Series: Ashfall #2
Release Date: October 16, 2012
Buying Links: Amazon Barnes & Noble The Book Depository Tanglewood Press
Book Blurb (from goodreads):
It’s been over six months since the eruption of the Yellowstone supervolcano. Alex and Darla have been staying with Alex’s relatives, trying to cope with the new reality of the primitive world so vividly portrayed in Ashfall, the first book in this series. It’s also been six months of waiting for Alex’s parents to return from Iowa. Alex and Darla decide they can wait no longer and must retrace their journey into Iowa to find and bring back Alex’s parents to the tenuous safety of Illinois. But the landscape they cross is even more perilous than before, with life-and-death battles for food and power between the remaining communities. When the unthinkable happens, Alex must find new reserves of strength and determination to survive.
Reviewed By: Bea
*May contain spoilers for Ashfall*
Last fall I read and enjoyed the first book in this series, Ashfall. It was a compelling story that kept me up until 3AM. I knew I had to read Ashen Winter and it was worth the wait. I worried that it wouldn't be as good the first book, that Mullin wouldn't be able to sustain the story and keep it interesting and well-told. I didn't give him enough credit. *bashes self on head*
I started the book early in the day which was a good thing because it is long, 576 pages. A few times it dragged, some scenes could have been shortened in my opinion, but overall I wouldn't change a thing about this book. It starts shortly after Ashfall ended; Alex is determined to go look for his parents while Darla thinks they should stay where they are but insists on accompanying him. Naturally, the search doesn't go as planned, there are many things that go wrong, a few that go right and even a reunion or two along the way. At times I had to remind myself that Alex was only sixteen; he was impulsive, emotional and reactive. But that's part of the beauty of Mullin's writing; I got so caught up in the story telling and what was happening that I'd be getting upset with Alex and mentally fussing at him not to do this or to please do that just as if he were a real person. Although Alex has matured a great deal during the months since the eruption, he's still young and still sometimes reckless.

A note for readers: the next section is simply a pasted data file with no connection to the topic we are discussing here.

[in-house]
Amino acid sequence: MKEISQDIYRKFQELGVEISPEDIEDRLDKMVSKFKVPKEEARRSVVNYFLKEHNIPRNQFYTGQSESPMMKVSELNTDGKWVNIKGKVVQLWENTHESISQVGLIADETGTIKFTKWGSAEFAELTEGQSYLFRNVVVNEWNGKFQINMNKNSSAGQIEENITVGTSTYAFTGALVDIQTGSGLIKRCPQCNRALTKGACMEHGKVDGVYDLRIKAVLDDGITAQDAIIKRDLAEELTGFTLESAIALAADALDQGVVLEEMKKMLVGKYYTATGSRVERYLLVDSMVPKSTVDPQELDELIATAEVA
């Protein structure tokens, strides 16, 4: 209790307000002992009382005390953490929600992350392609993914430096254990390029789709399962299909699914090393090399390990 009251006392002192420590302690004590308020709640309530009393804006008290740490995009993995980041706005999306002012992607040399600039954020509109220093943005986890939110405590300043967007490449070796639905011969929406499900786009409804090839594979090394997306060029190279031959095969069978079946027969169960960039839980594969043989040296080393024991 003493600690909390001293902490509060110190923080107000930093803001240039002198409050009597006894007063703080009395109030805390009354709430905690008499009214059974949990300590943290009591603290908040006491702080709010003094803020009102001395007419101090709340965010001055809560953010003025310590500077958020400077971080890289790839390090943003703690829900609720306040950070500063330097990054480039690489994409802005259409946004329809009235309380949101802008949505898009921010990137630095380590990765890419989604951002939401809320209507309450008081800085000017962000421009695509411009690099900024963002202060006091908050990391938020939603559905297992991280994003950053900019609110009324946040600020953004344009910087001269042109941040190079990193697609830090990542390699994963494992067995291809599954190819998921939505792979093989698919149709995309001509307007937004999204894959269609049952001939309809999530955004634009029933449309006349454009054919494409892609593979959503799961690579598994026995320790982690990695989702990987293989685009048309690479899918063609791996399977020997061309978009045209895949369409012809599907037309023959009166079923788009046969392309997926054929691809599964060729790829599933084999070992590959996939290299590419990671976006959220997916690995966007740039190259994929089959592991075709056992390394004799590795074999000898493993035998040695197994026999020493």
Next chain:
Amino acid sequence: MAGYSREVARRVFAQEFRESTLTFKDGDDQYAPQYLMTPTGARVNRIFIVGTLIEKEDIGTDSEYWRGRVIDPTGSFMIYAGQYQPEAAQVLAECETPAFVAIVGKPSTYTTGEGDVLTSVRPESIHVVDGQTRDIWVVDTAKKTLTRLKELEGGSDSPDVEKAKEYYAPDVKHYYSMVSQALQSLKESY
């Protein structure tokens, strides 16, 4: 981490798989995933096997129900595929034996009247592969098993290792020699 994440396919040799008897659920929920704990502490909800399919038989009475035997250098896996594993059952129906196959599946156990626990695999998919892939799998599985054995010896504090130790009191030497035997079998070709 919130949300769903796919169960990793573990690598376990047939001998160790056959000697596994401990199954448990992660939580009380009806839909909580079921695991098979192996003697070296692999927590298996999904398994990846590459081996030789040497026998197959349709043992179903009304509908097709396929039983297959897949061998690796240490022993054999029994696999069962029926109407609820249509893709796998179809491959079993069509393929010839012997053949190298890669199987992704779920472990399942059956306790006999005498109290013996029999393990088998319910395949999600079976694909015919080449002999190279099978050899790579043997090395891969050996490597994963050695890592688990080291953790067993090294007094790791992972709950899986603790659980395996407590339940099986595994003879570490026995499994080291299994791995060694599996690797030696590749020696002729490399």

The story grips you and makes you feel what it must be like to be in Alex and Darla's circumstances. Mullin did a lot of research and it shows but he doesn't hit you over the head with it, it's part of the story. It's amazing, detailed, realistic world building. I particularly appreciated his depiction of someone with autism; it was honest, respectful, and realistic. That character is a good addition to the story and I hope to see more of him in the next book. In addition to all of the technical details that contribute to the reader feeling like they are there, Mullin doesn't forget about the emotional aspects. You feel the cold and hunger, the desperation to survive, and ultimately, the costs of the choices we make. Every choice has a consequence, some positive, some negative, some neutral, but there is always a reaction and sometimes there are no good choices or answers. Alex learned that in Ashfall, but it gets brutally reinforced in this book. It's not a happy, easy, or comfortable book. But is is, I believe, an honest look at survival and the choices we make. There's currently one more book left in the series but the world Mullin has created could easily support an entire multi-book series, with or without Alex and Darla.
If you want a compelling, engaging, well-told story that makes you both think and feel, then you want to read Ashen Winter.
I received an eARC from the publisher.